OUTLOOK - The SkyTrail walking bridge in the riverside community of Outlook was once a wildly popular tourist attraction.
Opening in 2004, it served for nine years as a must-see spot for many people, whether it was local residents making it a daily exercise location or visitors coming through town making a stop to take photos, see the sights, and marvel at the structure, which at one point was known as the longest pedestrian walking bridge in Canada.
And then of course, as everyone knows, the gates were shut and locked and the bridge was closed to the public in the fall of 2013 after it was determined that a number of perceived structural issues that carried a very high price tag to address could make the Town liable.
To this day, the SkyTrail has remained closed, a once-iconic tourism draw and a stinging reminder that, in the eyes and hearts of many, a significant part of Outlook's identity was being proverbially shelved and pushed to the side.
There has been much talk in the years since the locks went on about any manner of things that could be done to tackle the issues in order to reopen the bridge, but one local man has been determined to at least start a real conversation and try to get the needle moving towards progress one day.
Outlook resident Con Hammer, a surveyor with years of engineering experience, recently went to the Town to see if he could be granted access to the bridge to get an up-close look at the perceived issues. That request was granted and Hammer, along with Gary Rittinger, visited the bridge just a few weeks ago to walk it and inspect the structure.
Sitting down with this reporter last week, Hammer gave his thoughts on the original studies and findings from 2013 before the bridge was closed, sharing his belief that certain things were taken out of context and that Outlook's town council at the time stalled on making any course of action.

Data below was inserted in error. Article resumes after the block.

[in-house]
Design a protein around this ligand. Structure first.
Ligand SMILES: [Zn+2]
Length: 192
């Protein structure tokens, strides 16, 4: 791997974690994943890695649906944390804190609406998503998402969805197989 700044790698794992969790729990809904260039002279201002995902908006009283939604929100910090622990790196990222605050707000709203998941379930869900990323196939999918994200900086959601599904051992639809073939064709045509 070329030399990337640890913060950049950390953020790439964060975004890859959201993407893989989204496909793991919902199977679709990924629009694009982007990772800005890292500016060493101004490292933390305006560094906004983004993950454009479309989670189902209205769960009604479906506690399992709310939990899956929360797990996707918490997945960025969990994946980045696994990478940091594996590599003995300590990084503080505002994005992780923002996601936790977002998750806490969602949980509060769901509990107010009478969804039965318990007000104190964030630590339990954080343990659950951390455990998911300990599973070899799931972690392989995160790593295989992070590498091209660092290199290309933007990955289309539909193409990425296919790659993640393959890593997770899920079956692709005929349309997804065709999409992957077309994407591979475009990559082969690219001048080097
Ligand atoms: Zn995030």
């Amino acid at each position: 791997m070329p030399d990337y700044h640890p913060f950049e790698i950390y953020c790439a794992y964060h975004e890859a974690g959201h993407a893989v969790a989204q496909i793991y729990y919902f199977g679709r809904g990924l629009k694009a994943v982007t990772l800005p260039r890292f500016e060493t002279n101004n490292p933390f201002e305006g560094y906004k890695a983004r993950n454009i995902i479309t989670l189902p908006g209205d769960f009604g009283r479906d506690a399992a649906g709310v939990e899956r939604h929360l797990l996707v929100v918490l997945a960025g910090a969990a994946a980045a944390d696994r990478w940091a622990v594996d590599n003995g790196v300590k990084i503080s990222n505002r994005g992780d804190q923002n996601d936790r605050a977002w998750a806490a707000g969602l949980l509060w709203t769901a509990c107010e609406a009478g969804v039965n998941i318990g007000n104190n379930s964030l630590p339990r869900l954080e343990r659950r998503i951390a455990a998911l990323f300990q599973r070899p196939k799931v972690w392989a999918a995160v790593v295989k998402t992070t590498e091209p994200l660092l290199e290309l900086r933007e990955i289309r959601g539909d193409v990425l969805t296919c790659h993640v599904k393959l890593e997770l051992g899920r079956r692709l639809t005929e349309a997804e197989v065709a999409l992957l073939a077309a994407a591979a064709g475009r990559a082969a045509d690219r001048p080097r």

"On the 31st of October (2013), they did the study, and there were two engineers and two people from Council who went," explained Con. "They toured the bridge and walked over it, and what the engineers picked up was the water line had broken because the slope was shifting. Now, if you take that out of context, that happened in 2005, 2006, and 2007, but if you take it out of context and you wanted to dwell on that, you can say, 'Oh yeah, the slope is shifting and so everything is moving.' So the report came out on November 6 and it was sent to Council, and I made the motion to shut the bridge down immediately because it had to be done, as that's what the engineers said. But I was thinking about this, and if somebody came along and told us that we had something that we had to shut down and was going to cost us a lot of money, there's no way that the engineer wouldn't have been in the office the next day asking, 'Can you show us what you're going to do?' But Council did absolutely nothing at the time."
Hammer raised his eyebrows at the Town's 2022 SkyTrail report, which lists proposed expenditures related to the bridge's east side abutment at $965,500. He maintains that the embankment is in good shape and questions just what the Town is worried about.
"To do that east side was $965,500, but the part that stunk the most was $50,000 to remove trees," he said. "How can you do that? It doesn't make any sense. In January, I went down the slope and crawled through there, and I found that there's nothing wrong with the bridge. It's solid, so 'Why are they so worried about this?', I thought. The other thing that's happening with that bridge is that when it started to go down, because it was so wet, the weight of the bridge pushed everything straight down. Now, the embankment's in perfect shape, and the girders and everything - nothing's bent and everything's perfect. But everything just went straight down, and the Town admitted that later on."
Hammer says that his findings from his recent visit to the bridge, which discovered a number of cosmetic issues, only reinforced his belief that the bridge itself is stable.